From UPSC perspective, the following things are important :
Prelims level : Notifiable diseases
Mains level : Need for notifying diseases
- A month after Union Health Minister asked the Delhi government to make malaria and dengue notifiable diseases, the local authorities has initiated the work to notify malaria in the capital.
What is a notifiable disease?
- A notifiable disease is any disease that is required by law to be reported to government authorities.
- The collation of information allows the authorities to monitor the disease, and provides early warning of possible outbreaks.
- The World Health Organization’s International Health Regulations, 1969 require disease reporting to the WHO in order to help with its global surveillance and advisory role.
- Registered medical practitioners need to notify such diseases in a proper form within three days, or notify verbally via phone within 24 hours depending on the urgency of the situation.
- This means every government hospital, private hospital, laboratories, and clinics will have to report cases of the disease to the government.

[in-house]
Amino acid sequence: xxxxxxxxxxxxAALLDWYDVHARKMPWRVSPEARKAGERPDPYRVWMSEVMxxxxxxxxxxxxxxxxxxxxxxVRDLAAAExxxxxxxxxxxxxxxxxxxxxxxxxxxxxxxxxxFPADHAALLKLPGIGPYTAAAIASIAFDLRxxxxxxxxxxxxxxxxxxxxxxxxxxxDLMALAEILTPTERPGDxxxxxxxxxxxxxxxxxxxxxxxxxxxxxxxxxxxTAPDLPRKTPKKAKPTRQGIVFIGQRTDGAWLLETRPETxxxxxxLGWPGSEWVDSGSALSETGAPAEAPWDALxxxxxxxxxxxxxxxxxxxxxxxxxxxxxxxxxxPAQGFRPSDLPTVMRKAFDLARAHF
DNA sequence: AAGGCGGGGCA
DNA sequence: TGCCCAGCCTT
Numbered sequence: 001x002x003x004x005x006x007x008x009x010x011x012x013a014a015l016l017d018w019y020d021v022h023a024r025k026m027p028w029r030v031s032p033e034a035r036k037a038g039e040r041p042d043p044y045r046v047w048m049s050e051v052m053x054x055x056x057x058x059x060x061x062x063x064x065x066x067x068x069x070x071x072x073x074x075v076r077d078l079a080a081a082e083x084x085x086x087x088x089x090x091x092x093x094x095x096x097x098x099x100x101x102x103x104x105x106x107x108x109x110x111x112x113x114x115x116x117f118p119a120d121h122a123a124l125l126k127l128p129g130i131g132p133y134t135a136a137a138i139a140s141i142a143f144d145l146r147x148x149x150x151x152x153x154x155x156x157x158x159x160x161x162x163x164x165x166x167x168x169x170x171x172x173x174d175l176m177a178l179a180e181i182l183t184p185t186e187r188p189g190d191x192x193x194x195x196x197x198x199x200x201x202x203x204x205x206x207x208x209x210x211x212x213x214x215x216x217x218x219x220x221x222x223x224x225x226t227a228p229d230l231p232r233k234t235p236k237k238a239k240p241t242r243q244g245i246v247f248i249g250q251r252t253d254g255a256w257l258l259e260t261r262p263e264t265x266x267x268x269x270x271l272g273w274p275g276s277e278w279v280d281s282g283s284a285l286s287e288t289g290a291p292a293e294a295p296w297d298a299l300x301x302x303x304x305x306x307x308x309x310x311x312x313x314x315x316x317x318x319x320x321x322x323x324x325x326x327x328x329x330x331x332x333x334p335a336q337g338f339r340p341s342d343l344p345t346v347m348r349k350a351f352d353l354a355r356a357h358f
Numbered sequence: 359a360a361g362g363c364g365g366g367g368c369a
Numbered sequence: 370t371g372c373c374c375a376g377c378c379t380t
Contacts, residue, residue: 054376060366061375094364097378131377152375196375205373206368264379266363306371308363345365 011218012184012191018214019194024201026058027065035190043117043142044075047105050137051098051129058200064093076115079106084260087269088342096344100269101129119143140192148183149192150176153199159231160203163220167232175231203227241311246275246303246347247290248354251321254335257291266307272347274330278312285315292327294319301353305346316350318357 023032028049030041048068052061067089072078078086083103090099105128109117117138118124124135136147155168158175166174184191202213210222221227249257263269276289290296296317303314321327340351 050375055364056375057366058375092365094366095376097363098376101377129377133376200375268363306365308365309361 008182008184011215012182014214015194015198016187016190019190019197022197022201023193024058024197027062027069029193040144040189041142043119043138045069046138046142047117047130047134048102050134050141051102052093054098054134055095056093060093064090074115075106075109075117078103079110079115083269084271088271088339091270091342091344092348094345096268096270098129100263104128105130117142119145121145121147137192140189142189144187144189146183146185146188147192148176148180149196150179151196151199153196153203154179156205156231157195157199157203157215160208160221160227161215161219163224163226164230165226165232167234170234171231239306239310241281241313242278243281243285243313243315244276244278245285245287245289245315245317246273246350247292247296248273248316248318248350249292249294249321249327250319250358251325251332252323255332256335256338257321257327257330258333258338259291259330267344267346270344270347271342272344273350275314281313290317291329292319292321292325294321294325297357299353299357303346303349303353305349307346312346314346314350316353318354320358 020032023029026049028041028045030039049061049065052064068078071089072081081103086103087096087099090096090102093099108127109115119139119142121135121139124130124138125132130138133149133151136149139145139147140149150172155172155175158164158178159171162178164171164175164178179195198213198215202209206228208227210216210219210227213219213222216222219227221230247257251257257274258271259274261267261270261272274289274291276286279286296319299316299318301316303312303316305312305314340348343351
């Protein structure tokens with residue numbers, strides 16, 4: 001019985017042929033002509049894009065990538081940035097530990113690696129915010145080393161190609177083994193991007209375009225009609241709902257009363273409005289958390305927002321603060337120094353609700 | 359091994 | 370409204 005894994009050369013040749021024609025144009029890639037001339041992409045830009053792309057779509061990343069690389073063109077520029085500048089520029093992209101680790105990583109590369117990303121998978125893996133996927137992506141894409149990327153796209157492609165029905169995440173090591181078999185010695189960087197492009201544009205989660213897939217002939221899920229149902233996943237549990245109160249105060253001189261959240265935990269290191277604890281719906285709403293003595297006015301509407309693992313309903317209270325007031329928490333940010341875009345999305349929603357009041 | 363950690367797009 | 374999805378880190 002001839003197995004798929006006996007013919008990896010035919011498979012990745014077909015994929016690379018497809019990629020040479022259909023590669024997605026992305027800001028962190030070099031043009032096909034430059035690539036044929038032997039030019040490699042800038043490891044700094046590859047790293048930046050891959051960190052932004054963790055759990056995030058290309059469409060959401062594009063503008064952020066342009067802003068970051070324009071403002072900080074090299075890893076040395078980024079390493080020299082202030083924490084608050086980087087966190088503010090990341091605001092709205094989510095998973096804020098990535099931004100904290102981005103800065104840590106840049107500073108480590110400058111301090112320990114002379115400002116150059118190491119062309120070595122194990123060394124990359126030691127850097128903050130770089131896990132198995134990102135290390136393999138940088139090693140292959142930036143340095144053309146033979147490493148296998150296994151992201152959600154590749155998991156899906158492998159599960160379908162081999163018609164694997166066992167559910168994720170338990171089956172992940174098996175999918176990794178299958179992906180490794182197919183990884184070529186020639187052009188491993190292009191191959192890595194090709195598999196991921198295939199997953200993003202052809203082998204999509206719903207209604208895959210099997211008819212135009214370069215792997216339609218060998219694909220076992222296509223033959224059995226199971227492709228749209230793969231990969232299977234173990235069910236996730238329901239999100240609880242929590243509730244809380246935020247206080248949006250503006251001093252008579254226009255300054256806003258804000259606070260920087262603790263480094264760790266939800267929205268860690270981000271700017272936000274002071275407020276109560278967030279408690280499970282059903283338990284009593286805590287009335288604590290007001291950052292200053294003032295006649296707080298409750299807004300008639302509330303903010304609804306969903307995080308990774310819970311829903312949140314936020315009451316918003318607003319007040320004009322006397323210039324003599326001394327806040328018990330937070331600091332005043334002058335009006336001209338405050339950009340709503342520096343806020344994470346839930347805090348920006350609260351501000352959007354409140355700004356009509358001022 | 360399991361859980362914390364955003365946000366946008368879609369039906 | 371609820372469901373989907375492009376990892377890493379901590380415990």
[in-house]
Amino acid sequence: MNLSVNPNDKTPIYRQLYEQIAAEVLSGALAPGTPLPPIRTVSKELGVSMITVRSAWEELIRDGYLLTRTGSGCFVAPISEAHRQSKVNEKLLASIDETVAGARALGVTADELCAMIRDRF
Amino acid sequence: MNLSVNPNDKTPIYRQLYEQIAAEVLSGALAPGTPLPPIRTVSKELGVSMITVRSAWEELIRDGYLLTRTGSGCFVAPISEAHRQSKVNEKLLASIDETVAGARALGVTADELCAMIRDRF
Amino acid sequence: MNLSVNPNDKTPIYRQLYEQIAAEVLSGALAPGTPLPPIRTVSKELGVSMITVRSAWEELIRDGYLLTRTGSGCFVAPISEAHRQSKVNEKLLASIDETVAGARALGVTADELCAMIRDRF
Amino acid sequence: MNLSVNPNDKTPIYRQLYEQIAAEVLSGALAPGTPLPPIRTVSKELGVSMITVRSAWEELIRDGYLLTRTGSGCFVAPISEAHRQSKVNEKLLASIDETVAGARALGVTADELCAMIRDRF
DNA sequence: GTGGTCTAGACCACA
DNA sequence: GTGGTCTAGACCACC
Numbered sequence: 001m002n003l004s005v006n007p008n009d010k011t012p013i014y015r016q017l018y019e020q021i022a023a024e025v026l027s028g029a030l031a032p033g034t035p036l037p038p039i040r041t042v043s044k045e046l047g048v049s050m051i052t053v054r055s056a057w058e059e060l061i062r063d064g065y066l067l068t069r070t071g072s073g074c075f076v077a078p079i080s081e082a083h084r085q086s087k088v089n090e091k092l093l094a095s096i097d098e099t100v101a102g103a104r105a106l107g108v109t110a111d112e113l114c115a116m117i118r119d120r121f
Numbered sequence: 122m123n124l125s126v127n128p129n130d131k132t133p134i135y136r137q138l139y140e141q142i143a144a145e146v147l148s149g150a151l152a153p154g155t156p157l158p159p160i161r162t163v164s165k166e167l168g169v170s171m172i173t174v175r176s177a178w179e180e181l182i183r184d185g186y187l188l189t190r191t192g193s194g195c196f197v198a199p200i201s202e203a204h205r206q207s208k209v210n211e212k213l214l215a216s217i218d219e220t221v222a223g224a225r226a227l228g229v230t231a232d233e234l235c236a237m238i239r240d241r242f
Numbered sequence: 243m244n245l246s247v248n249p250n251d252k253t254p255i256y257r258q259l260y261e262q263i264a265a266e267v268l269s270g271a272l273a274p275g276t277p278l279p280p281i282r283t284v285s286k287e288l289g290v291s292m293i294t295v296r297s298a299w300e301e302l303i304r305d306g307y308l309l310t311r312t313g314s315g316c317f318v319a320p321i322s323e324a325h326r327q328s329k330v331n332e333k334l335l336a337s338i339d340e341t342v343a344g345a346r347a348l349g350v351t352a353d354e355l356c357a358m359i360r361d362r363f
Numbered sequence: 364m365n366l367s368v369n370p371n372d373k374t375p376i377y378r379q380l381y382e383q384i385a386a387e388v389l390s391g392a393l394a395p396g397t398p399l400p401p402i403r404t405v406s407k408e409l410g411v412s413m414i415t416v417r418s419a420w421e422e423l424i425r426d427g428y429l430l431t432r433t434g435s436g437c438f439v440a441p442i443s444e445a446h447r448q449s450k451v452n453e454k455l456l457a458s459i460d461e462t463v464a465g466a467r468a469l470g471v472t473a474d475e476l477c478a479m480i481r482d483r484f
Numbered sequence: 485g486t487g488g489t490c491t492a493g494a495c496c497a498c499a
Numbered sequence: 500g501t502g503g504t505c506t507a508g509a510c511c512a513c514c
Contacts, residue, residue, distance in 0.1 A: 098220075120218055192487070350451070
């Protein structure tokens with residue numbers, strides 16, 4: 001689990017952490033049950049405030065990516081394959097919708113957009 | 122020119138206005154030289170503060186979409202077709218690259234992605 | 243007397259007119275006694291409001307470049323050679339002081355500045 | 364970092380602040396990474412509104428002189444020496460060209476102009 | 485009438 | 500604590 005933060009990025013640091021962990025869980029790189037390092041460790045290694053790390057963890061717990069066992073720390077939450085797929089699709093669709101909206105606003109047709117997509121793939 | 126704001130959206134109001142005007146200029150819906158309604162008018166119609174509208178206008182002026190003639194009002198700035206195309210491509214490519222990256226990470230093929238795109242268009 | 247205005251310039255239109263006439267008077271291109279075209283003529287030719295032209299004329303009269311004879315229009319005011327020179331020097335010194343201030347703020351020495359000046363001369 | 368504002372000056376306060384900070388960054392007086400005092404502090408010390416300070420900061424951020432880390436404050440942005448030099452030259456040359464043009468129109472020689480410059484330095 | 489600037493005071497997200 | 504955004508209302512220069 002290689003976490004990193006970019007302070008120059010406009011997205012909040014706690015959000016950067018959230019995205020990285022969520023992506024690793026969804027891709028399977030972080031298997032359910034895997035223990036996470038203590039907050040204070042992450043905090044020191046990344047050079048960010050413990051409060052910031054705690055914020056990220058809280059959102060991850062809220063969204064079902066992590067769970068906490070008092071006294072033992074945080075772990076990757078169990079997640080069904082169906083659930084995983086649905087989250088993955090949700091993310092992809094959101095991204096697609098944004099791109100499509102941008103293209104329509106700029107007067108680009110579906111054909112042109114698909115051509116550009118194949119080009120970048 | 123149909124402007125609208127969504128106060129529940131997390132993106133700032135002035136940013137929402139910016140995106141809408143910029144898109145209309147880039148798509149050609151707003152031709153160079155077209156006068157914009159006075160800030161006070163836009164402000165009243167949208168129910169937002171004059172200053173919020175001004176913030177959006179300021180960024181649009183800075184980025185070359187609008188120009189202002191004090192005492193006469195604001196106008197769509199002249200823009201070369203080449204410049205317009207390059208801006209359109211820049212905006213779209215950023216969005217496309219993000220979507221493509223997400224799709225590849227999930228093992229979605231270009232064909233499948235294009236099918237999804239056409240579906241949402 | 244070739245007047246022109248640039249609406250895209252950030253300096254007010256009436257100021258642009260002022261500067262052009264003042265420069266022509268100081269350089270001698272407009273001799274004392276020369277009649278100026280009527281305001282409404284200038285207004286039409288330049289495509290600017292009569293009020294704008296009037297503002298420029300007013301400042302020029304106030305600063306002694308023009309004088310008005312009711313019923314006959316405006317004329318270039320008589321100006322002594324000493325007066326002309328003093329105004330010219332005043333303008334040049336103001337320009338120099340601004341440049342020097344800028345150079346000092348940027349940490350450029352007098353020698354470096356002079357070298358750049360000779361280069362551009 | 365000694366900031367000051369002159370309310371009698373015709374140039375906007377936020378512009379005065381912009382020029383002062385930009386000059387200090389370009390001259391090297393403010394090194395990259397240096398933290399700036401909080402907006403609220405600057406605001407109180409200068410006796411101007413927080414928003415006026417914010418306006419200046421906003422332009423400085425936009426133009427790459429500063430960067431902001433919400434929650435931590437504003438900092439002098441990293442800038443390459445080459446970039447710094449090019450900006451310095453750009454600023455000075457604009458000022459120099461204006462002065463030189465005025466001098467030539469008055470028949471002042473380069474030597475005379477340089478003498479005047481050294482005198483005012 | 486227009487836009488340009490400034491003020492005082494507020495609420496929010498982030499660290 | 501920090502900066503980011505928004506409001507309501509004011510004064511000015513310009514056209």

- The onus of notifying any disease and the implementation lies with the state government.
- The Centre has notified several diseases such as cholera, diphtheria, encephalitis, leprosy, meningitis, pertussis (whooping cough), plague, tuberculosis, AIDS, hepatitis, measles, yellow fever, malaria dengue, etc.
Why notify diseases?
- Making a disease legally notifiable by doctors and health professionals allows for intervention to control the spread of highly infectious diseases.
- The process helps the government keep track and formulate a plan for elimination and control. In less infectious conditions, it improves information about the burden and distribution of disease.
- Any failure to report a notifiable disease is a criminal offence and the state government can take necessary actions against defaulters.